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Be a Mentor – Rich’s Rules for Achievement # 12

October 13, 2015

Rich's Rules TitlecardFor any organization, community or nation to stay viable, someone must be grooming tomorrow’s leaders today.  If you are a leader, that someone is you. And your means of doing so is through mentoring.   Being a good mentor doesn’t mean having excessive interaction with your mentee. It doesn’t mean you are to going to get overly involved in his/her affairs. It does mean that you lead by example and are seen as a model of character, credibility, competence and communication.  A mentor teaches by example.

You and the person you mentor can decide what sort of relationship you will create. Remember that there  also people who look to you as a “mentor” without you realizing it. All the more reason to take your role as leader responsibly.

Points of Consideration

Being Respected Vs. Being Liked

Depending on your personality, you may have a need to be more respected or more liked.  When mentoring younger people it’s important that you are personable enough to signal you like them, care about them and are willing to help them.  At the same time, some important things young people need to learn include responsibility, a strong work ethic and the understanding that entitlement and narcissism don’t fly in the workplace.  To truly help the person develop as a productive member of society, you’ll need to hold them accountable and be willing to plainly tell them the truth when they are off track or out of bounds in their words and actions.  They may not like it, but they will respect you – eventually. And if they don’t – it is not a personal failing on your part. It is about their character. There are some things you cannot change.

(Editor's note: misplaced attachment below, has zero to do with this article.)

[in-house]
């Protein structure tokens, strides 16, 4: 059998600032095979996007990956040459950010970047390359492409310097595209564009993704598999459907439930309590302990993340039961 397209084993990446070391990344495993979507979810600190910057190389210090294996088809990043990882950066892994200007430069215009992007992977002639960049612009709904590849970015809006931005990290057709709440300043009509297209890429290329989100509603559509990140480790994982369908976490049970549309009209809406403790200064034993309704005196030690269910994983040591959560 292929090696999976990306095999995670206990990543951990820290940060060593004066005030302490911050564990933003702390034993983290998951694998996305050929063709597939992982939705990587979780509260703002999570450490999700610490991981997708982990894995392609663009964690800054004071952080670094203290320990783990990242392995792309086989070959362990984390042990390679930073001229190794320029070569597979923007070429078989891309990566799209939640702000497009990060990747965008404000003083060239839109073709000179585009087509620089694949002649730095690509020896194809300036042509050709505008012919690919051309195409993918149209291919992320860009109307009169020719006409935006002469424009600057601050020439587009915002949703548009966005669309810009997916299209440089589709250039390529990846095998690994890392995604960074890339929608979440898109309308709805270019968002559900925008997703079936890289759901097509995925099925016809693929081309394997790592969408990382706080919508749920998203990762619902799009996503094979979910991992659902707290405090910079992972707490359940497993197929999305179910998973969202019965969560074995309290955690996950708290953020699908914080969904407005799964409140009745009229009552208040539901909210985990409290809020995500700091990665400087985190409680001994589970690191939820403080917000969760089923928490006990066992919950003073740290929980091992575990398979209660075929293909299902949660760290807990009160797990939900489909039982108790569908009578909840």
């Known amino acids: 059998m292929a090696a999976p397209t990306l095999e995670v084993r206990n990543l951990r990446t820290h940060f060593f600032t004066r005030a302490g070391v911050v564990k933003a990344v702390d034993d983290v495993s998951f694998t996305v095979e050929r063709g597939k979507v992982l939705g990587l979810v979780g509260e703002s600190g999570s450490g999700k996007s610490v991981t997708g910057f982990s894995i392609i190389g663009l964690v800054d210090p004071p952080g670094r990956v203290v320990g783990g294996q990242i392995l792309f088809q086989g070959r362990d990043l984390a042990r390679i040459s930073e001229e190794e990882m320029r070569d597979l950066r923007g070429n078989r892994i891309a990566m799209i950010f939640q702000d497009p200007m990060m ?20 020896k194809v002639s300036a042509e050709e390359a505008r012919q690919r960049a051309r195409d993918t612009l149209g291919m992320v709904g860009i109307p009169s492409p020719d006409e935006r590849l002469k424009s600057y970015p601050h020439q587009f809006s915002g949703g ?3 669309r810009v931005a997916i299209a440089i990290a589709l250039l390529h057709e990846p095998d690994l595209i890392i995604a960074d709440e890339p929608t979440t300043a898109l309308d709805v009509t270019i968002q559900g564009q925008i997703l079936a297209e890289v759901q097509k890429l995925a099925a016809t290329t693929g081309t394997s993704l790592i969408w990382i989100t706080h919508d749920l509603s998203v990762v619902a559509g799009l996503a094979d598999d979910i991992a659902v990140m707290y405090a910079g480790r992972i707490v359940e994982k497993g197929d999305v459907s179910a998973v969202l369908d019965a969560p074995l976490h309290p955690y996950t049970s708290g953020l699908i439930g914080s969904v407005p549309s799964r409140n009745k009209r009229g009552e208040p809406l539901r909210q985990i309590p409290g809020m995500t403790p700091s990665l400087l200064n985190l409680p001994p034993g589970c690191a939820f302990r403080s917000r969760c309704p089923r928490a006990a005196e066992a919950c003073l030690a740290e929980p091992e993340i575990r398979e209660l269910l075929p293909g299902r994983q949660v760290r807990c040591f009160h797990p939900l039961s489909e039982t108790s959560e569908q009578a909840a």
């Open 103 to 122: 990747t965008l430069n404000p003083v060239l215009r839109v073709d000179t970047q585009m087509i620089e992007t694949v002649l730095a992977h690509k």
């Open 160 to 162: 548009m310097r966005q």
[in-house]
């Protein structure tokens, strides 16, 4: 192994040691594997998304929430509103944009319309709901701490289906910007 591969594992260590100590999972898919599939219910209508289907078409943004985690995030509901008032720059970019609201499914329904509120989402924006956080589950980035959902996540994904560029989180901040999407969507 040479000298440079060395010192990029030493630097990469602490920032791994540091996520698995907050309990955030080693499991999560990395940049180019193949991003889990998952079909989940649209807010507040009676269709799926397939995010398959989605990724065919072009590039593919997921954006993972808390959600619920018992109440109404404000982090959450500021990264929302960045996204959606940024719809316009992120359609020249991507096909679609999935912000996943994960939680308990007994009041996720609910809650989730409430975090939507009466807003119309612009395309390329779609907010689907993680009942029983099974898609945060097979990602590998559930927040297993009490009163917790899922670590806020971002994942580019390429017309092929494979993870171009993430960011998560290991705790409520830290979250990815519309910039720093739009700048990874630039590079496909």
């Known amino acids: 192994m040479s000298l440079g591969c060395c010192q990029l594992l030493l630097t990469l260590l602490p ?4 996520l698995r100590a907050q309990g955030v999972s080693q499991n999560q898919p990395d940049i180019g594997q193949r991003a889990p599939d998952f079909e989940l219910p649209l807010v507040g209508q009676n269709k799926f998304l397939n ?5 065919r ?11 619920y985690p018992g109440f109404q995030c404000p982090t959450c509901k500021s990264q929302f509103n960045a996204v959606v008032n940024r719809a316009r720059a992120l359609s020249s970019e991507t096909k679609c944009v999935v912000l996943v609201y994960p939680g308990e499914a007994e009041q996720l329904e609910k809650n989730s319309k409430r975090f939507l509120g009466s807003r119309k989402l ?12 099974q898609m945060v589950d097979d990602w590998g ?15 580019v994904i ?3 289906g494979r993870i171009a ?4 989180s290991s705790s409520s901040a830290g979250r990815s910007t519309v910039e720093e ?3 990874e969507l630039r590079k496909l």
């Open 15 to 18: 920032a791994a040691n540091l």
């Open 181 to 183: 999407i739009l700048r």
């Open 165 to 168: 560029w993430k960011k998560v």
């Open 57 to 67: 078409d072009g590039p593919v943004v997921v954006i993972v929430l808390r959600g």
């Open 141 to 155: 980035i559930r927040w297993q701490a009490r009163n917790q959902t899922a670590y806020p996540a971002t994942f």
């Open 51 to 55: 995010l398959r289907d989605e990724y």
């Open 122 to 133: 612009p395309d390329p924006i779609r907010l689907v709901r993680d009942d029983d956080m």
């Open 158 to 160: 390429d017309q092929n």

Being a Sounding Board

Being available to your mentees for questions, conversations or to listen to frustrations goes with the territory.  When acting as a sounding board, your role is not to tell the person what to do.  Your part is to listen so they can express what they are experiencing. You want the mentee to process the challenge or failure and come to his or her own conclusions about what to do – if anything.  At most you can share your own experience or make the individual aware of options they hadn’t considered.  But, ultimately, your role is to guide and not direct, support, but not state, the right choice.  Simply directing the person’s life does not help them grow into being an independent thinker or leader.

Using Bad Example Moments to Teach

Everyone has bad moments.  That time when you said the wrong thing, took the wrong action, made a bad choice.  When a mentee sees you make mistakes it is one thing.  When he or she witnesses you denying, blaming or failing to take responsibility, it’s another.  One way to help your mentee become responsible is to show them it’s reality to make mistakes, and it’s OK – in fact beneficial – to accept, acknowledge and apologize for them.  Real life includes taking ownership of mistakes, learning from them and moving forward with lessons learned.

For this reason, Be a Mentor is Rich’s Rule of Achievement # 12.

Click to purchase Part 1 of Rich’s Rules of Leadership

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